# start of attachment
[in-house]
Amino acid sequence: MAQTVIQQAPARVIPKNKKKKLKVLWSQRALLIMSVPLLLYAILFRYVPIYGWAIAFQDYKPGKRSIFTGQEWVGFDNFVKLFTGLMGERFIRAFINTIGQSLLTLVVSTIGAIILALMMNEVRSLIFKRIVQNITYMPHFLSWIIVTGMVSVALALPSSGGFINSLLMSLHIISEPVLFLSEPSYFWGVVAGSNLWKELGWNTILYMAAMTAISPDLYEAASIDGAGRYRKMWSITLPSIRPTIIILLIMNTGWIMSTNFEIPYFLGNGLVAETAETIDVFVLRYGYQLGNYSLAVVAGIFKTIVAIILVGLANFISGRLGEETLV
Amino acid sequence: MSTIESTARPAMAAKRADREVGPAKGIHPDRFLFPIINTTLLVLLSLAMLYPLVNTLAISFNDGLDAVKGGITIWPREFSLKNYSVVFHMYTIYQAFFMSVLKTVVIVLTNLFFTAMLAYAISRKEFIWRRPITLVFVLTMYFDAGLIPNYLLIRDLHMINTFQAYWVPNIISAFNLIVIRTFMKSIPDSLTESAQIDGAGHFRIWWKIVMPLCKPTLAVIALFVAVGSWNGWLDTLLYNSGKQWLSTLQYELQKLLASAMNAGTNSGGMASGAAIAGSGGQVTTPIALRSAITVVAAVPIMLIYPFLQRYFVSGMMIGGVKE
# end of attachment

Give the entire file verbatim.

[in-house]
Amino acid sequence: MAQTVIQQAPARVIPKNKKKKLKVLWSQRALLIMSVPLLLYAILFRYVPIYGWAIAFQDYKPGKRSIFTGQEWVGFDNFVKLFTGLMGERFIRAFINTIGQSLLTLVVSTIGAIILALMMNEVRSLIFKRIVQNITYMPHFLSWIIVTGMVSVALALPSSGGFINSLLMSLHIISEPVLFLSEPSYFWGVVAGSNLWKELGWNTILYMAAMTAISPDLYEAASIDGAGRYRKMWSITLPSIRPTIIILLIMNTGWIMSTNFEIPYFLGNGLVAETAETIDVFVLRYGYQLGNYSLAVVAGIFKTIVAIILVGLANFISGRLGEETLV
Amino acid sequence: MSTIESTARPAMAAKRADREVGPAKGIHPDRFLFPIINTTLLVLLSLAMLYPLVNTLAISFNDGLDAVKGGITIWPREFSLKNYSVVFHMYTIYQAFFMSVLKTVVIVLTNLFFTAMLAYAISRKEFIWRRPITLVFVLTMYFDAGLIPNYLLIRDLHMINTFQAYWVPNIISAFNLIVIRTFMKSIPDSLTESAQIDGAGHFRIWWKIVMPLCKPTLAVIALFVAVGSWNGWLDTLLYNSGKQWLSTLQYELQKLLASAMNAGTNSGGMASGAAIAGSGGQVTTPIALRSAITVVAAVPIMLIYPFLQRYFVSGMMIGGVKE